Australia may be a relatively young country from a global perspective, but we have seen the rise and fall of many architectural styles in the past 200 odd years. Some of these eras are still very much present in today’s day and age, with many modern dwellings attempting to capture the historic beauty of the very first homes long since gone.
Victorian era (1840-1890)
Most Victoria era homes are over 100 years old and were first built during Queen Victoria’s reign. These dwellings exhibited a simple elegance which has made them a timeless and still very desired look in modern times.
- Slate or corrugated iron roofs
- Verandas made from cast iron lacework and Intricate stucco facades
- Double hung arched timber windows
Boom style era (1875-1890)
Image by Michael DG Bailey http://flickr.com/photos/21925182@N02/11537271934 via Wikimedia Commons
Attributed to the economic boom that followed the gold rush in the late 19th century, this style of housing is still very common in Melbourne.
- Intricate brickwork patterns featuring many different coloured bricks
- Highly decorated parapets and facades
- Arched, double hung windows with elaborate decorations
Federation era (1895-1915)
Carrying on with the intricate styles of the boom era, these lavish homes came about during Australia’s independence as a nation.
- High ceilings with decorated plasterwork
- Asymmetrical design with multi-faceted roofs
- Elaborate verandas that integrate into the roof of the dwelling
Edwardian era (1910-1915)
Image by Sardaka https://commons.wikimedia.org/wiki/User:Sardaka via Wikimedia Commons
These dwellings come across as dialled down equivalents of Federation Era homes and were built during the reign of King Edward.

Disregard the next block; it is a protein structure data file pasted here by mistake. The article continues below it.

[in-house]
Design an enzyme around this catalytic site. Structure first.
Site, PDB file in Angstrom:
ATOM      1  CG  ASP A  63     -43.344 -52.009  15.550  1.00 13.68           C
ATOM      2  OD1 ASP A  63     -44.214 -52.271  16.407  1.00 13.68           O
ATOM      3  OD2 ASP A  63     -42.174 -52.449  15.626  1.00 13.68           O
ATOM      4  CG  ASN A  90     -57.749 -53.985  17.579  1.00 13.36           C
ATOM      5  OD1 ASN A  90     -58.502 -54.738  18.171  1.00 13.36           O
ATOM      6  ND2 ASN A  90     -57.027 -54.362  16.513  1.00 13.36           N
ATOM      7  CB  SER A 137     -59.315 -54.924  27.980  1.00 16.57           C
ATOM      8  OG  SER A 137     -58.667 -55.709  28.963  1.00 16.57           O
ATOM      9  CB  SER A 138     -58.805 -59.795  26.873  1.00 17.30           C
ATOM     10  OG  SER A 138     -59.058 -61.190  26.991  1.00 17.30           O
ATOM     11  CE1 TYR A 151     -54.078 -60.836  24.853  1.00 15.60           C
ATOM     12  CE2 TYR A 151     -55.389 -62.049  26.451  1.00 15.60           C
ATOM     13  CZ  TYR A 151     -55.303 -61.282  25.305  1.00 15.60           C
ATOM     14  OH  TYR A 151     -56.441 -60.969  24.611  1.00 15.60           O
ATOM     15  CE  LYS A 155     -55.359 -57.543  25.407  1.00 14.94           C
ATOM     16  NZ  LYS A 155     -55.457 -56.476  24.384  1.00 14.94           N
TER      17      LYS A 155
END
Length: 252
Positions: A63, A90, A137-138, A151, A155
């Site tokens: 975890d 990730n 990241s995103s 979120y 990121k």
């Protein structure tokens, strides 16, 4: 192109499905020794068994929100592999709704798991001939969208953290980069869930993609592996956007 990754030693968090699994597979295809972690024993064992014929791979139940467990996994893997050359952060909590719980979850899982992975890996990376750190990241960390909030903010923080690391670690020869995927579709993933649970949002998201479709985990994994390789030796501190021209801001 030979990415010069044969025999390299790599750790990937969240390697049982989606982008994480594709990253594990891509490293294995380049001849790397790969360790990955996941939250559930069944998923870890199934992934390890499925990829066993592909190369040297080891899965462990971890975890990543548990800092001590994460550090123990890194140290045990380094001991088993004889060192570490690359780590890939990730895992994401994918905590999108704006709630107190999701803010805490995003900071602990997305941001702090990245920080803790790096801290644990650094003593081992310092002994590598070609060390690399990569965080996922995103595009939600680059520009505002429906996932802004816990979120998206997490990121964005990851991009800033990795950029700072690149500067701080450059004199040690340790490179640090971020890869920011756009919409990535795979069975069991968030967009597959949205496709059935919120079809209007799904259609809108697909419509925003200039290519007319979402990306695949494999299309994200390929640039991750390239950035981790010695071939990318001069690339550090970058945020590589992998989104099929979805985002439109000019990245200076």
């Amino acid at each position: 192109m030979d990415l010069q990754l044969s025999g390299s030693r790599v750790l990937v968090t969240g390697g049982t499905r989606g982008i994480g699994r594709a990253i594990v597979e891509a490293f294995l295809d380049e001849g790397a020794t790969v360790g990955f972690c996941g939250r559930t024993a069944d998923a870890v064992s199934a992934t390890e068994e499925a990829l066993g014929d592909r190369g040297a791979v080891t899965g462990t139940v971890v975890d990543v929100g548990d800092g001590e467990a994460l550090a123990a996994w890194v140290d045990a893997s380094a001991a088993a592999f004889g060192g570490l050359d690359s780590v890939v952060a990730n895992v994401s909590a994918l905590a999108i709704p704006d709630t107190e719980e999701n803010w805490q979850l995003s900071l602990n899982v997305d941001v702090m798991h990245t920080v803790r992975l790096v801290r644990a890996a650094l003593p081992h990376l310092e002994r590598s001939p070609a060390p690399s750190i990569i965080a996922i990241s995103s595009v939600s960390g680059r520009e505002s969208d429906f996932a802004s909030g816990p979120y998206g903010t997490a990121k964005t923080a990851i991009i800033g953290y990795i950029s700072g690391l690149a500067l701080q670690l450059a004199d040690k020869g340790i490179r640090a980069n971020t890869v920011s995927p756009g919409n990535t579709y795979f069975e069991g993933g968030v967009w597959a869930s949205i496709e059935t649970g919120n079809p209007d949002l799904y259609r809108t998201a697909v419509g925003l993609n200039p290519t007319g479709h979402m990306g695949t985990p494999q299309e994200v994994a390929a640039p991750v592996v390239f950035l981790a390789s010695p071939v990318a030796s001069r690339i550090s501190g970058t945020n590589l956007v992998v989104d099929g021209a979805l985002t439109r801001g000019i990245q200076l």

- Often built using weatherboards or red brick
- Corrugated iron or slate roofs
- Façade is often decorated to emphasize apex of roof
Californian bungalow era (1920-1930)
Image by Bidgee https://commons.wikimedia.org/wiki/User:Bidgee via Wikimedia Commons
Inspired by America, this style arrived during the 1920s and featured lower pitched roofs and often thick columns beneath the veranda.
- Interior walls featuring stained plywood
- Double hung windows with leadlight
- Veranda held up by large, thick columns
Art deco era (1930-1950)
Image by Matt https://www.flickr.com/photos/52846207@N04/ via Wikimedia Commons
This particular era was very forward thinking for its time and indeed to this day, remains quite striking.
- Hipped roofs and the use of terracotta tiles
- Brick or weatherboard walls to create solid appearance
- Symmetric and imposing designs or rounded edges
This is perhaps one era which has not stood the test of time in comparison with other styles as it looks quite dated in modern times.
- Low ceiling and open plan interiors
- Low pitched roofs with corrugated iron or steel decking
- Big windows often extending across the entire front of the dwelling
Brick veneer era (1960-1980)
This era saw a step back from the previous two eras into a more conservative and economical time.
- Very plain interior with timber floors
- Sliding timber framed windows
- Cream, white, or red brick finishes